THE seven-year public sector pay cap is to be scrapped from next year, with ministers given “flexibility” to breach the long-standing limit of one per cent on rises.

The announcement came as Downing Street unveiled an immediate 1.7 per cent hike for prison officers and improvements totalling two per cent in police pay for 2017/18.

However unions made clear in their initial responses that the Government move fell well short of their aspirations.

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And the Police Federation, which had asked for 2.8 per cent uplift to basic pay, said it would leave many officers “angry and deflated”, having this year been “tested to the max”.

Andrea Breeze, chair of Cleveland Police Federation, said with inflation running at 2.9 per cent it was a real terms pay cut.

She said: “The Government are still not listening to officers and the unique role we perform.

“In [the federation’s] recent pay and morale survey 73.7 per cent of respondents from Cleveland Police felt they were worse off financially compared to five years ago.

“Almost 90 per cent of respondents from the force reported that they do not feel that they are paid fairly for the stresses and strains of their job.

“Morale within Cleveland Police is low, this announcement may help this a little, but it is a far cry from what officers deserve and will be unlikely to prevent those who have already decided they want to leave police service.”

Nursing representatives have been among those pushing strongest for the one per cent pay cap to be scrapped and many nurses from the region recently attended a huge rally outside the Houses of Parliament.

Peta Clark, Royal College of Nursing operational manager for the Northern region, said: “We need concrete confirmation and details of when and how the cap on nursing pay will be lifted. “It’s been in place for seven years and is impacting recruitment and retention and on patient safety.

“Our campaign will continue until there is concrete proof that the cap has been lifted.”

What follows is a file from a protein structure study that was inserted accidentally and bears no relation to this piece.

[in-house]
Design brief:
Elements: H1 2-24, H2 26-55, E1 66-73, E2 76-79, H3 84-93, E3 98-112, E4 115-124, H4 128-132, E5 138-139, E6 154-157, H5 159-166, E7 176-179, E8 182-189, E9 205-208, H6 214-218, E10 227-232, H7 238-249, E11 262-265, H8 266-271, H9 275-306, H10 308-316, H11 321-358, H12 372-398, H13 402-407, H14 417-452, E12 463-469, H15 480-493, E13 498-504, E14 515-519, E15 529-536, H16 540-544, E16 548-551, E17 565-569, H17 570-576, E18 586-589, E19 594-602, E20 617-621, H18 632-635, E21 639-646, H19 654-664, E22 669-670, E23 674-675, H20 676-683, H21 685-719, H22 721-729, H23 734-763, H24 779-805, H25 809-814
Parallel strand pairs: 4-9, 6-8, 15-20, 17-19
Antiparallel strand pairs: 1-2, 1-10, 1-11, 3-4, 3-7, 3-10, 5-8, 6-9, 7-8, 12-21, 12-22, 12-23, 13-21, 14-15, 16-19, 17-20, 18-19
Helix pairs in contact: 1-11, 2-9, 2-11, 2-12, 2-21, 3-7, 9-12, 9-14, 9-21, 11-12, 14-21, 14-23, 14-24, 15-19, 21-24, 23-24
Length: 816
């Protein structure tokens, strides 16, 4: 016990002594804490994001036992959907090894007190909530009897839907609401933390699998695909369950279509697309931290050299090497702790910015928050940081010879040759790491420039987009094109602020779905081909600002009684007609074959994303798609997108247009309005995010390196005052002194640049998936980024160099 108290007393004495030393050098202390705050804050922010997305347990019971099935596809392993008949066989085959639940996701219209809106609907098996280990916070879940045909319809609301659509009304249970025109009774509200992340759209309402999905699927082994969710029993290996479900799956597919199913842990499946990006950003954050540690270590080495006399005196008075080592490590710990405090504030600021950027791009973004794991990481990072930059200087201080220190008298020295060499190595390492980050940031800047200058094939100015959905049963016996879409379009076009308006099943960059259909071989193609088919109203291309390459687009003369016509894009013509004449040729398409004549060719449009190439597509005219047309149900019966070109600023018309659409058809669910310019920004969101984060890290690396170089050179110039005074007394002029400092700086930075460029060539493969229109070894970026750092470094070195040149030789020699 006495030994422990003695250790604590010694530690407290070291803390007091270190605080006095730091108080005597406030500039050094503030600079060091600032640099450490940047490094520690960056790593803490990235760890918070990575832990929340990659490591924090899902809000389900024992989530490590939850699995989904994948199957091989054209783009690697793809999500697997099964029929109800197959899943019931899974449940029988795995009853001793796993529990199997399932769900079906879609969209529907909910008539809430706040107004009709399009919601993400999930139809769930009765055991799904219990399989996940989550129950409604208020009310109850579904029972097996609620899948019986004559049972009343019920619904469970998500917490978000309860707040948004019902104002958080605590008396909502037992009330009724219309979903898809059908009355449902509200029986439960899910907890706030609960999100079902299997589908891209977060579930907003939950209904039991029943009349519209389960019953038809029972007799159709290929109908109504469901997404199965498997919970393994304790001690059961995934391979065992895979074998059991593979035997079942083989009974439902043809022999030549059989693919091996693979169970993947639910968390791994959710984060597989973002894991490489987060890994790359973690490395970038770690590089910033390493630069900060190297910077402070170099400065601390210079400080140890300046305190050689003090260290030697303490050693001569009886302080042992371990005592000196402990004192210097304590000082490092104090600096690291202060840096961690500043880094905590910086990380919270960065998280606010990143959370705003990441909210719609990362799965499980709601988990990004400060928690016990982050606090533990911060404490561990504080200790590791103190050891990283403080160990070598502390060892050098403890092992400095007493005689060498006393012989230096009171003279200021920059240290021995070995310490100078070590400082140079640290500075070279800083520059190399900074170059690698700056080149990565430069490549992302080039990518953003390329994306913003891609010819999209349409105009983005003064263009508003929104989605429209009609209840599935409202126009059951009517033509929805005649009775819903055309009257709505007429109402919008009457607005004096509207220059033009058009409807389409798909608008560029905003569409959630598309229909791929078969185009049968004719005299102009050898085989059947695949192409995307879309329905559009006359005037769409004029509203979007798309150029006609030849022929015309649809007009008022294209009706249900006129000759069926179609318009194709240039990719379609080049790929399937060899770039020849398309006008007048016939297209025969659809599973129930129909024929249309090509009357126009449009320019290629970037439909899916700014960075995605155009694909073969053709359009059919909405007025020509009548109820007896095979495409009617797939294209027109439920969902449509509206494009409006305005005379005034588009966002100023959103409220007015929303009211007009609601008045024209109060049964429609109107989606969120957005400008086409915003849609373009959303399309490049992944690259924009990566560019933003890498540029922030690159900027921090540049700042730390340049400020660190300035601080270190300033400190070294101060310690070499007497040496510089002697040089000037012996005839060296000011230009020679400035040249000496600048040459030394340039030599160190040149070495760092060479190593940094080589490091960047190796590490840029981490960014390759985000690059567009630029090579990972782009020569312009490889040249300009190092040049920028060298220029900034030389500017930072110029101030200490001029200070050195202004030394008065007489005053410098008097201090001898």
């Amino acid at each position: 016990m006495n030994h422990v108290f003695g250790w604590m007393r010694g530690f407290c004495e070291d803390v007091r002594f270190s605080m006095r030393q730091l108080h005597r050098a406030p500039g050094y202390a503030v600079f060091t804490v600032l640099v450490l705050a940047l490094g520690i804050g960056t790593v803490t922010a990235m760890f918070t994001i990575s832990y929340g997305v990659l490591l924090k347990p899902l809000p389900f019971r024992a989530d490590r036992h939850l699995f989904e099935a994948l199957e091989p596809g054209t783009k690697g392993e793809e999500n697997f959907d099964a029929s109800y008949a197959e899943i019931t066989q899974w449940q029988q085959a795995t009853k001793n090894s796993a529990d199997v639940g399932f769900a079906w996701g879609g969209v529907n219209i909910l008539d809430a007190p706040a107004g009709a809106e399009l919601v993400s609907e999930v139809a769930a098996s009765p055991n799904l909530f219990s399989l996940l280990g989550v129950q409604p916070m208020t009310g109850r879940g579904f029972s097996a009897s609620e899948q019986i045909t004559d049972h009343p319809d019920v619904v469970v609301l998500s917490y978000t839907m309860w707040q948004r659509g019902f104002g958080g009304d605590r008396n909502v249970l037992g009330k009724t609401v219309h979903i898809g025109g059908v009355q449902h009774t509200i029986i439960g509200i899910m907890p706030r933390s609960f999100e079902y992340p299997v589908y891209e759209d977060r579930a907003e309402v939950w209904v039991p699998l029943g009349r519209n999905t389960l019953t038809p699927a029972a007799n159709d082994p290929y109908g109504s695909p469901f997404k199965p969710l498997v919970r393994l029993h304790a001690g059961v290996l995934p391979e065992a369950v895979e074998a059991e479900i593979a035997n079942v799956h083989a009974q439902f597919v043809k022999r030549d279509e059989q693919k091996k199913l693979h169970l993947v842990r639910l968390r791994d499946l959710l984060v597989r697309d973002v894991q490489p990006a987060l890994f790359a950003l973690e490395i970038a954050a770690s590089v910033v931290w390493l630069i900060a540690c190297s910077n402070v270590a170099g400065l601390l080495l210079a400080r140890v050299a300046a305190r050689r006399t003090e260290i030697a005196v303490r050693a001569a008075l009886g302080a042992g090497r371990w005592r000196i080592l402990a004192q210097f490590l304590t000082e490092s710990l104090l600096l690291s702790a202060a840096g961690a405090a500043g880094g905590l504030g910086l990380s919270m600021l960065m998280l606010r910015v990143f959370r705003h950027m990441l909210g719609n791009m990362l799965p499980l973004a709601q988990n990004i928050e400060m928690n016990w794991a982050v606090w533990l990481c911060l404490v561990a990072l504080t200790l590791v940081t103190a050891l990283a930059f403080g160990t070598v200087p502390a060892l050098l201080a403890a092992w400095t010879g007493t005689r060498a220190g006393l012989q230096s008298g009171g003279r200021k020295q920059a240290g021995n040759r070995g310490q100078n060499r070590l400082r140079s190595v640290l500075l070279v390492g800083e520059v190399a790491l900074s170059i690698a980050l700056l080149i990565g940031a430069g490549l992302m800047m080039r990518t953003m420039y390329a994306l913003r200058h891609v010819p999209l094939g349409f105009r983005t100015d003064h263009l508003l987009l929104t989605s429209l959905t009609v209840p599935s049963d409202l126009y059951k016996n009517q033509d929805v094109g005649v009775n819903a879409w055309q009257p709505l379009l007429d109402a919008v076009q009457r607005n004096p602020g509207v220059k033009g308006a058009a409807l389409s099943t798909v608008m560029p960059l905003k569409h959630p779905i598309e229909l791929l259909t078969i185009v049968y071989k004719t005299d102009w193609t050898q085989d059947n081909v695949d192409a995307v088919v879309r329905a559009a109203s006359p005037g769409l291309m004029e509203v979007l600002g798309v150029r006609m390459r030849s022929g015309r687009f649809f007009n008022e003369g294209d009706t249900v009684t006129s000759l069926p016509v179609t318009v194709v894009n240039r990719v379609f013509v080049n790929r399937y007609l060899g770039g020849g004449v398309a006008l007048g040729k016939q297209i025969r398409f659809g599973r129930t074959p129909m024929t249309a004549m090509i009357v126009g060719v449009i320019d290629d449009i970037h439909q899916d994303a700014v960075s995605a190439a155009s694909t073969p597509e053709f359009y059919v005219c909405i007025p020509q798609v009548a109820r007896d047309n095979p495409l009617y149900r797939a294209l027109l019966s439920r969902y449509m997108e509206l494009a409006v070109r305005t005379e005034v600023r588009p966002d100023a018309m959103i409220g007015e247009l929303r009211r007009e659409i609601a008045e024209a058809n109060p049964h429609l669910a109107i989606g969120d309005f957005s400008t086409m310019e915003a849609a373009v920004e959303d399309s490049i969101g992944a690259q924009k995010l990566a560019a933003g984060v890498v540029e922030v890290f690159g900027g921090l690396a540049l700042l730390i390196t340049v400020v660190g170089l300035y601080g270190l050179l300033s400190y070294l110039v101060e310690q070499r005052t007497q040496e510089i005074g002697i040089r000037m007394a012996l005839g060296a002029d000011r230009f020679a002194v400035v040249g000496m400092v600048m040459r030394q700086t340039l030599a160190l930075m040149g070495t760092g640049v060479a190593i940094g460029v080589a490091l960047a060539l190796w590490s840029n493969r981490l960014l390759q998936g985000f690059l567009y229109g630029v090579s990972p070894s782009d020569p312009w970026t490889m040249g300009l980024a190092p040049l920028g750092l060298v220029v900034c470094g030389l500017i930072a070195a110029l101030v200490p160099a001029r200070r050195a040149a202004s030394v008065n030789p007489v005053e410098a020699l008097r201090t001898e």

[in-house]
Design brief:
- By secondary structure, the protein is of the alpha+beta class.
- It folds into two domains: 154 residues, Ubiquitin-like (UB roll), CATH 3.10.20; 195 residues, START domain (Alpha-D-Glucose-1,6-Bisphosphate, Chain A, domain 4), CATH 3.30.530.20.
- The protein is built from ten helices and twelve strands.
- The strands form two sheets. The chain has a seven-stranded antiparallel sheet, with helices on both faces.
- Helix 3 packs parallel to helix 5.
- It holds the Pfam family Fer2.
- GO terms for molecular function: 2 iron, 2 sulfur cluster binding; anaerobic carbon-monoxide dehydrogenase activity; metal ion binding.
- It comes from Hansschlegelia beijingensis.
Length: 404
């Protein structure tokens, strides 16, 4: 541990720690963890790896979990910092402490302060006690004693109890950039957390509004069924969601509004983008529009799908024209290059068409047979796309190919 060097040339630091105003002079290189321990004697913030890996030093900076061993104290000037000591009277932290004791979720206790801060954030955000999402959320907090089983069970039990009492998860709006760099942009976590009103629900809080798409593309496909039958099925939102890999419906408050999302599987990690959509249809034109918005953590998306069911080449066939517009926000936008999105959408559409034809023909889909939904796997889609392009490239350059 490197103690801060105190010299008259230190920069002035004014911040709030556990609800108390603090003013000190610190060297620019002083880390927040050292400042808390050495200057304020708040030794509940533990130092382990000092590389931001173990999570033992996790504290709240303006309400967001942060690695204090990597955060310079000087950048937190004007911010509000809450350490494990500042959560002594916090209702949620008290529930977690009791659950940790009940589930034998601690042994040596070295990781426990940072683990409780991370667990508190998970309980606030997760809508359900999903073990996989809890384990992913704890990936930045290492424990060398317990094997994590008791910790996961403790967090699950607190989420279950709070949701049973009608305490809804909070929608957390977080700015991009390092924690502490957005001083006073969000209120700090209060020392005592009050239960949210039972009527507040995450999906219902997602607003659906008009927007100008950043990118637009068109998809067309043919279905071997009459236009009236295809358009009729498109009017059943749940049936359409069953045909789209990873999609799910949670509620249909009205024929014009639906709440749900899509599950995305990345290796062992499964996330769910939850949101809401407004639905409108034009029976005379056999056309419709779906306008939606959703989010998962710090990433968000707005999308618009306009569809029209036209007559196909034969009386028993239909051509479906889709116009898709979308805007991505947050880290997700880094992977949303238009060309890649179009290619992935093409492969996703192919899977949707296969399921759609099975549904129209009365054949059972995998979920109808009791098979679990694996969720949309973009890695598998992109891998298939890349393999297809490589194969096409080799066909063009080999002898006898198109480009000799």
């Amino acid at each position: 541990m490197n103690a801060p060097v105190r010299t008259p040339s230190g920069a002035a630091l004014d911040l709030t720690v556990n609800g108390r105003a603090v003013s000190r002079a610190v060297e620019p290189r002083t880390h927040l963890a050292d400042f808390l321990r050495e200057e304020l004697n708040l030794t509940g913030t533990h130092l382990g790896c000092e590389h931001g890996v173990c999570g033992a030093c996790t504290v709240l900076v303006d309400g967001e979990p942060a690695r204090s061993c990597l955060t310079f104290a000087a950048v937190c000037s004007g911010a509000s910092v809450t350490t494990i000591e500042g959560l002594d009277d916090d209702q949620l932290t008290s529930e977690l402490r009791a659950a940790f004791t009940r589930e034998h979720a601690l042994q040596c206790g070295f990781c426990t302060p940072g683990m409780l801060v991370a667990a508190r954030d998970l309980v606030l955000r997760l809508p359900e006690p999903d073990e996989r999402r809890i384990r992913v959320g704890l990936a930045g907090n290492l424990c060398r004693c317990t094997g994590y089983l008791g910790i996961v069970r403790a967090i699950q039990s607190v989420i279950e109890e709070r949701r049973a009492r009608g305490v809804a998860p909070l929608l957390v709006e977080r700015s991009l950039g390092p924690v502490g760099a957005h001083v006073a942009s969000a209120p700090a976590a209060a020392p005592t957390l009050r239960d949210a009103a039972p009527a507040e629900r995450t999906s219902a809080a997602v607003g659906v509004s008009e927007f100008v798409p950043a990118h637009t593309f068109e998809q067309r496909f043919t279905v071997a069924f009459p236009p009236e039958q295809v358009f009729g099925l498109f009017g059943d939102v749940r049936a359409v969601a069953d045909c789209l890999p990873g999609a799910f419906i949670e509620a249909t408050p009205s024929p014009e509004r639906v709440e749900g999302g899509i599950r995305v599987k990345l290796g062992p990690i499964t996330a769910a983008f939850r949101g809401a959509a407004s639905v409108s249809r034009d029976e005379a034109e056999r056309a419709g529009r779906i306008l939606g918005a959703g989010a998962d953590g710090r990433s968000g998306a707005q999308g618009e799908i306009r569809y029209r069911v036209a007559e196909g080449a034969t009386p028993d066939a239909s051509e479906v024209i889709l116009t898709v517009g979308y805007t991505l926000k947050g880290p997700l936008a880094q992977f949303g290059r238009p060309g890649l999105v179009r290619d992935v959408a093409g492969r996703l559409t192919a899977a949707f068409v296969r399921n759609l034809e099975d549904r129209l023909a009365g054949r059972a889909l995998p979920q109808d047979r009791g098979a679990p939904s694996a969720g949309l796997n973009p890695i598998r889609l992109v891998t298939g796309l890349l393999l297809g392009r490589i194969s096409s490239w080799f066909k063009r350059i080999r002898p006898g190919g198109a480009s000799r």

TUC general secretary Frances O’Grady branded the increases for police and prison officers “pathetic”.

She said: “Public sector workers have suffered seven long years of real pay cuts and are thousands of pounds worse off.

“If ministers think a derisory rise like this will deal with the staffing crisis in our public services, they are sorely mistaken.”

And the Prison Officers Association said it was seeking industrial action over an offer which it said effectively amounted to a pay cut.

A Government spokesman confirmed the one per cent pay cap was now ending , but said there was “still a need for pay discipline to ensure the affordability of public services”.

Chief Secretary to the Treasury Liz Truss said review bodies and departments were being given greater leeway to use pay to address “pinch points” within public sector staffing.

She said: “What we are making sure is that we look at it on a workforce-by-workforce basis because there are very different issues for teachers than for nurses and for police officers.”

Labour leader Jeremy Corbyn, speaking at the TUC conference in Brighton, said the Government was attempting to play “divide and rule” with public sector workers and promised the party would ditch the pay cap across the board.

He said: “A Labour Government will end the public sector pay cap and give all workers the pay rise they deserve and so desperately need. That is our policy.”

Liberal Democrat leader Sir Vince Cable said: “It is good to see the Government finally recognise that the public sector pay cap is no longer sustainable.

“The cap must now be lifted across the board so all public sector workers are given the pay rise they deserve.”